Another heating option is to use a special heating pad which is fitted externally, either at the back of the aquarium or beneath it – ideal if you are keeping aggressive fish. These thin, flexible heating pads are manufactured in a range of sizes. They may also be useful if you need to lower the water level in the tank, as when breeding substrate-spawning killifish; in these circumstances, it would be difficult to incorporate a conventional heaterstat. A heating pad’s output needs to be controlled by a separate thermostat. An external type, which fits outside the aquarium, may prove to be more flexible than an internal thermostat, although it must not be exposed to the water.

Thermostats

Most modern thermostats are based on solid state electronics (with no moving parts), and consist of a control unit, linked to a variable heat switch and a temperature sensor in a circuit board. Once the required temperature is set via the heat switch, this registers in the control unit, and the sensor detects the actual water temperature. As the water cools, this information is transmitted back to the control unit, activating the heater. Once the heater raises the water temperature to the predetermined level, the control unit switches off the heater again.

When buying a heaterstat or thermostat, make sure that it can be easily adjusted, although many units are pre-set during manufacture to about 25°C (77°F), which is ideal for most tropical aquaria. You can check on the calibration and whether the unit is working correctly by placing the heaterstat in a bowl of water and testing the water temperature after 30 minutes with a reliable in-tank thermometer. Once set, it should not normally need to be adjusted again, although there may be occasions, with sick fish for example, when raising the temperature slightly may well be beneficial.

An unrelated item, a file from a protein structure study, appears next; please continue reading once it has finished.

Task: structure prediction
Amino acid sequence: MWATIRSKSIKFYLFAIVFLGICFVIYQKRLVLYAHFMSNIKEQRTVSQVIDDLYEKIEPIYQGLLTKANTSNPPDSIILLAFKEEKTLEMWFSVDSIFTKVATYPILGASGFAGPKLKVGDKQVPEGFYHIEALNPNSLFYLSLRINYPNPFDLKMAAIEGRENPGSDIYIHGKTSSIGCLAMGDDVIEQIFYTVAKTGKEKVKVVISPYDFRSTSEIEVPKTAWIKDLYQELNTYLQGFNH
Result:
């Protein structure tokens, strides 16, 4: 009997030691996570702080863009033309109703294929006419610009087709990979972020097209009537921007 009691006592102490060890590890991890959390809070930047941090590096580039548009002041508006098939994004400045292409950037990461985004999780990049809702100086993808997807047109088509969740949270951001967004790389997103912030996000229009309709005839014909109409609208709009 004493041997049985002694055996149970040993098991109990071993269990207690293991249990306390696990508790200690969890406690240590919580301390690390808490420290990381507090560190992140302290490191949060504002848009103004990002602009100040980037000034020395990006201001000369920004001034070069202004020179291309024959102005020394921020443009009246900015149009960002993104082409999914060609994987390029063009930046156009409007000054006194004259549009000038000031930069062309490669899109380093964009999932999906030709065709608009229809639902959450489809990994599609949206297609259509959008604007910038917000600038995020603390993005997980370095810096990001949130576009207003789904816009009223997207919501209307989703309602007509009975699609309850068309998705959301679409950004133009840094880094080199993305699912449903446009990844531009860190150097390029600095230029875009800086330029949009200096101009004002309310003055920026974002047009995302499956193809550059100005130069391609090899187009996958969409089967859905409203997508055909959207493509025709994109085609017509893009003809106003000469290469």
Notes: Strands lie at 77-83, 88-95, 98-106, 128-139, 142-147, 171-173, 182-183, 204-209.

Solid state thermostats are generally more responsive and maintain the water temperature at the preset level more accurately than traditional thermostats based on a bimetallic strip. Most units can be used safely for at least three years.

Bimetallic thermostats

The potential risk of failure in the case of a bimetallic thermostat is inherent in its design. This type of unit includes two strips of metal, one of which is copper, that are fixed together. The two types of metal have different rates of expansion and contraction, so when they reach the preset temperature, the heat makes the strip bend upwards, activating a relay switch which in turn switches off the power to the heater. As the metal cools, so this contact is lost, and power is restored to turn on the heater again.

Over time, these movements are likely to become less reliable and corrosion may also occur. This carries the serious danger that the thermostat might no longer act to turn the heater off, allowing the water temperature to keep rising, which would soon be fatal for the fish. As a precaution against this, you could include an aquarium alarm, which will give an audible signal in the event of a sudden shift in temperature.

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About the Author: Fred Goodson has a passion for pets and animals. He has 4 dogs and is planning to have another one. He is also a blogger who writes about pets and animals. Currently, he is living in New Jersey.